Danh Vo, Christmas (Rome) 2012
(image: Kerr Houston)

Evident, in all of this, is Vo’s abiding interest in the quotidian and the easily overlooked. He is at heart a materialist, enchanted by the potency of what Alain Jouffroy once called “the degree of virulence of the lived, the real, the palpitating, the true.” But Vo clearly has an abiding poetic side; he is attentive to the numinous qualities of things, and senses significance where others might not. For example, Ephemoptera, a large photograph, was taken during to a visit to the grave of Gericault – but instead of focusing on the painter’s tomb, it depicts dozens of mayflies that dance about in the light above, complicating any pat assertions about death and the passage of time. And in Christmas (Rome) 2012, Vo exhibits swaths of velvet that once served as the rich backing for valuable objects in the Vatican Museum. Over the years, they were discolored by light – but recorded, in the process, the negative impressions of the objects that stood on or before them. Like photograms, then, or the Shroud of Turin, they testify to the passage of time and the former presence of things. And they reveal, in the process, something akin to the quality that Walker Evans once discerned in Atget: a “lyrical understanding… special feeling for patina, eye for revealing detail…”

\Strikingly, though, Vo can also be quite funny. His is a wry humor that combines a profane bawdiness, an adolescent’s love of provocation, and a knowing sophistication. Hence his ridiculous titles, which are frequently lengthy and brazenly vulgar: Your Mother Sucks Cocks in Hell, for instance, is named for a phrase drawn from The Exorcist, and Vo has acknowledged the simple pleasure that he derives from forcing art world professionals to utter it, repeatedly. Funny in a more alarming way is a piece that consists of a 16th-century sculpture of Saint Joseph, sawn into six crisp pieces in order to conform to easyJet’s hand luggage requirements. The sacred yields to rote bureaucracy; historical significance is overwhelmed by the indignities of air travel. But Vo’s brand of humor can be creative, as well as merely provocative or destructive. One installation includes a copy of an obituary that Vo composed for his late grandmother, in which he eschewed the typical mention of surviving relatives and accented instead the losses weathered by his grandmother during her lifetime. The result is a warm rethinking of a received form.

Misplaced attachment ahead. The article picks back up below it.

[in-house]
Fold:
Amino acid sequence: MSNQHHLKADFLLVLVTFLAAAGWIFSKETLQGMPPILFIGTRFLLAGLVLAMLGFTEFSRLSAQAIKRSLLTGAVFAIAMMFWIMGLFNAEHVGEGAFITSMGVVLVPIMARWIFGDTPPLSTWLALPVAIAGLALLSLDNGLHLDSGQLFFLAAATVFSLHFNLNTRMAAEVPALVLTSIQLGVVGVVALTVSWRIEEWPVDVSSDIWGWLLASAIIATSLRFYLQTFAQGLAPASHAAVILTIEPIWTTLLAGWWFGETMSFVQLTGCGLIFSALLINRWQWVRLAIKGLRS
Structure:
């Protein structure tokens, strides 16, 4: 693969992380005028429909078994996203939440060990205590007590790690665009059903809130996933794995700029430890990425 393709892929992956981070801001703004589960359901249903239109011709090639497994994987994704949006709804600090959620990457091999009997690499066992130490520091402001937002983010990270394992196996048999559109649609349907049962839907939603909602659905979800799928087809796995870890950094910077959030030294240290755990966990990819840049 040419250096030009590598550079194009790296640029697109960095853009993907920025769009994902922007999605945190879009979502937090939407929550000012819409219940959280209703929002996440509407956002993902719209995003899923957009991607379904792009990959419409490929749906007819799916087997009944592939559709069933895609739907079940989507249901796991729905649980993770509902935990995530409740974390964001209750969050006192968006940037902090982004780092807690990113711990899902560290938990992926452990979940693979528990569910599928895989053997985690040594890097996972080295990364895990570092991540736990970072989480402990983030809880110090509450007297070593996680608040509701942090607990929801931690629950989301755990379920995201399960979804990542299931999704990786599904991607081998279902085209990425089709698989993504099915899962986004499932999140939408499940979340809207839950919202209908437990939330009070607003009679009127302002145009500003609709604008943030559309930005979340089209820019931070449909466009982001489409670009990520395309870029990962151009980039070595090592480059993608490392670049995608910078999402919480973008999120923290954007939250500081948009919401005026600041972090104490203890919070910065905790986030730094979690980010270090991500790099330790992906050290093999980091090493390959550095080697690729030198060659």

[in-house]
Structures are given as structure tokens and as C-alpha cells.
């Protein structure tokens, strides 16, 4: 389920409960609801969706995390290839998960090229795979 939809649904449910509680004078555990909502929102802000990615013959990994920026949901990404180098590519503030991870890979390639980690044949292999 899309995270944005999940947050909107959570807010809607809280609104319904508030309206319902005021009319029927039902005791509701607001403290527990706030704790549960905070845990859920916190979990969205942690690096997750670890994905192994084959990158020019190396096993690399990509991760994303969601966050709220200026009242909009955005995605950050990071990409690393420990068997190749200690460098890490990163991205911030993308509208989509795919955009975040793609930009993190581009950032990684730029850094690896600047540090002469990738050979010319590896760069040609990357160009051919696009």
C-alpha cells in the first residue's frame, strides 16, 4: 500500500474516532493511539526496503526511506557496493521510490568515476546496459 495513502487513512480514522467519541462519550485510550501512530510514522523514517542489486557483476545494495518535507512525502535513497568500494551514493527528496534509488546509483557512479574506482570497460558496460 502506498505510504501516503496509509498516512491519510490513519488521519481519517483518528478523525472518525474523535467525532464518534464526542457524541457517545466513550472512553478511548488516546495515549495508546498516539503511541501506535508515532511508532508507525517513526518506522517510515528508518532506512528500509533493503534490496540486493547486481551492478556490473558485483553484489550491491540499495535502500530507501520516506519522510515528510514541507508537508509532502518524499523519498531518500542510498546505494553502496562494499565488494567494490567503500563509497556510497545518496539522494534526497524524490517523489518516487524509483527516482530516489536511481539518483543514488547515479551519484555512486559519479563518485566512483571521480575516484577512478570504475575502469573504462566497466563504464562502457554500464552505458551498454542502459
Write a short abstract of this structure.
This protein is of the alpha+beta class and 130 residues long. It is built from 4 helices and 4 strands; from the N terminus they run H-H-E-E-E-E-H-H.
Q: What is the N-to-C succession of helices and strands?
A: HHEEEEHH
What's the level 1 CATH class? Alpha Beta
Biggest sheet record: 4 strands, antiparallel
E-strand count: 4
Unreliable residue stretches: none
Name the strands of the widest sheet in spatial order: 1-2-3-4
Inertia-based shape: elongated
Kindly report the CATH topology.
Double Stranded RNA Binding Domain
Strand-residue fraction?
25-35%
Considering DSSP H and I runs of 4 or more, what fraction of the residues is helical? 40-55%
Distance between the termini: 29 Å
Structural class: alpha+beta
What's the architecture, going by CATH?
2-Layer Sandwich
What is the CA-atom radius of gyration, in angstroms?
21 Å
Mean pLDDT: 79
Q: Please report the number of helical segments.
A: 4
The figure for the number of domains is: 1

Installation view: Danh Vo, Take My Breath Away
Solomon R. Guggenheim Museum, New York (image: Kerr Houston)

Clearly, then, Vo can be many things. He’s a collector and a magpie, scouring auction house listings and eBay for salient finds – like a paper dress issued during one of Nixon’s presidential runs.

He’s an arranger and a curator: the newspaper featuring his grandmother’s obituary is displayed on a cabinet once used in an art school, and the random stickers, labels, and scratches meaningfully relate to the theme of a difficult life, lived. He’s also a delegator, and a facilitator. In a number of works, he has worked with traditional artisans – Thai gilders; Chinese experts in bamboo – to produce objects that recall long, local histories of manual production even as they also depend upon the increasingly complex networks of globalized capitalism. That interest in interchange is also apparent in a series of works that Vo has commissioned from his father, Phung Vo, who learned calligraphy while a child in French-controlled Vietnam – but never mastered French itself. In these pieces, Phung Vo copies, in a sumptuous script, a letter composed by a French missionary who was awaiting execution at the hands of anti-Christians in 1861. Neither the admirable stoicism of the letter nor the tight, swirling forms of the calligraphy can conceal the legacy of violence underlying the text and its rendering.

Interestingly, the Guggenheim turns out to be a terrific venue for Vo’s work. The series of softly divided calls around the spiraling ramp neatly accommodates his practice, which comes to resemble a series of forays, or discreet items knit by a common set of themes. Strikingly, too, the show’s installation is almost aleatory: several of the roughly 100 pieces feel haphazardly placed. But this, too, works effectively. For instance, the massive fragments of We the People – a remarkable life-sized casting of the Statue of Liberty, in hundreds of pieces now collections around the world – lie at odd, jumbled angles to the walls. A comment on the fragile contingency of the democratic project? Maybe. A meditation on globalism and the disorderly spread of ideas? The sprawling installation fosters a variety of related interpretations.

But that’s typical, perhaps, of Vo – who doesn’t seem as interested in insisting on specific positions as in trying out possibilities and challenging conventional ideas. This is a show of work ultimately built around the tension between opposite concepts – violence and beauty; simplicity and complexity – and their partial reconciliation. Familiar forms are queered; demonic slogans are rendered beautifully. Catholic iconography and Hollywood films seem to share a common, violent border; personal and global overlap and blur together. And, always, the past leaves its mark, but is also mere prologue: raw material, in Vo’s capable hands, for the taking – and for creative, affecting re-making.

Dahn Vo: Take My Breath Away is up at the Guggenheim through May 9, 2018.